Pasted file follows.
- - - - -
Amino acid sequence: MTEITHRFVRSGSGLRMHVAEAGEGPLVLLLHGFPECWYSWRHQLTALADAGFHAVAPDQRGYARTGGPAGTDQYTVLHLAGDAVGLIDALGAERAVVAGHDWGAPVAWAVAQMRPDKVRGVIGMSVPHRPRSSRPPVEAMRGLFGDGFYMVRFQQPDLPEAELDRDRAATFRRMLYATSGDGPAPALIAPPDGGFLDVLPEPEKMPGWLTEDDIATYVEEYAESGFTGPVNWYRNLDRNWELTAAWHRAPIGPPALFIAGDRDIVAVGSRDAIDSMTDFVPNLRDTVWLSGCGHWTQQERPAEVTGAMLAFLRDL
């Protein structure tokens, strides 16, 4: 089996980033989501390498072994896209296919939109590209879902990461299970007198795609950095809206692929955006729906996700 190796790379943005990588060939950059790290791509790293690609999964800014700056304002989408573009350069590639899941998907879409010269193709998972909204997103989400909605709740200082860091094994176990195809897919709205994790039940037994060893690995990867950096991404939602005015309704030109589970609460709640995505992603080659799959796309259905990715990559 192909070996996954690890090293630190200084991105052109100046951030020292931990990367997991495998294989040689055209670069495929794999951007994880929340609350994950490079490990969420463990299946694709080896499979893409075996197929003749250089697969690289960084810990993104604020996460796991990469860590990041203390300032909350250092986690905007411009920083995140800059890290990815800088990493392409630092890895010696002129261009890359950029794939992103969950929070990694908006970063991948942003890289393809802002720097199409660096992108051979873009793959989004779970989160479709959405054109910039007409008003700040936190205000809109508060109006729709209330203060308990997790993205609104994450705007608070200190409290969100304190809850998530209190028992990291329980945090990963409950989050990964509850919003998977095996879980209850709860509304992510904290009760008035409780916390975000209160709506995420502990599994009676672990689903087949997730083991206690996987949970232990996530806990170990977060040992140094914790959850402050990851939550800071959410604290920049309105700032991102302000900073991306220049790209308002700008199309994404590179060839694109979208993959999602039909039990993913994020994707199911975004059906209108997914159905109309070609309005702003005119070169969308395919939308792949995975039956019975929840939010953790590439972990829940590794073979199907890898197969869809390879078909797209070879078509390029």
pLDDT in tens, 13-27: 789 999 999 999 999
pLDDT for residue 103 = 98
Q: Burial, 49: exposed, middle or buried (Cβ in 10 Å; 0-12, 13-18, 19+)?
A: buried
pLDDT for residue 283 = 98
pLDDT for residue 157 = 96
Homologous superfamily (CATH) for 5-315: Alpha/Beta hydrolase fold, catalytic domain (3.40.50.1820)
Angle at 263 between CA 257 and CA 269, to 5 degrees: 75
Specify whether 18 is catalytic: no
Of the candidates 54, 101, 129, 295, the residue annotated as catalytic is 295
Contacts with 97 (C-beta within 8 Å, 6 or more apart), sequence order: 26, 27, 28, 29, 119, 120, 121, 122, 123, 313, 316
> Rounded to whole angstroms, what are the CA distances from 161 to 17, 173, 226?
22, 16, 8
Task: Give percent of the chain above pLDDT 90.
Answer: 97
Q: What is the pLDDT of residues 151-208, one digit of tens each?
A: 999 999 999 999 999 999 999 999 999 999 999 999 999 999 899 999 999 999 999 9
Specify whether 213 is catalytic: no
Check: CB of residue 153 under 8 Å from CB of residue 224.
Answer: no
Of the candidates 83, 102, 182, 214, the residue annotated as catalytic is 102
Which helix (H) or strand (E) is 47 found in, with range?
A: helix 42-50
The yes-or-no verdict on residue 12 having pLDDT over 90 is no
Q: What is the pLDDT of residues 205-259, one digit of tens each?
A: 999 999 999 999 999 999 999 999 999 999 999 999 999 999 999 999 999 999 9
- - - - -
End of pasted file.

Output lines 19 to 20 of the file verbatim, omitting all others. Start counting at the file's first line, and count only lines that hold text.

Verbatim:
A: 999 999 999 999 999 999 999 999 999 999 999 999 999 999 899 999 999 999 999 9
Specify whether 213 is catalytic: no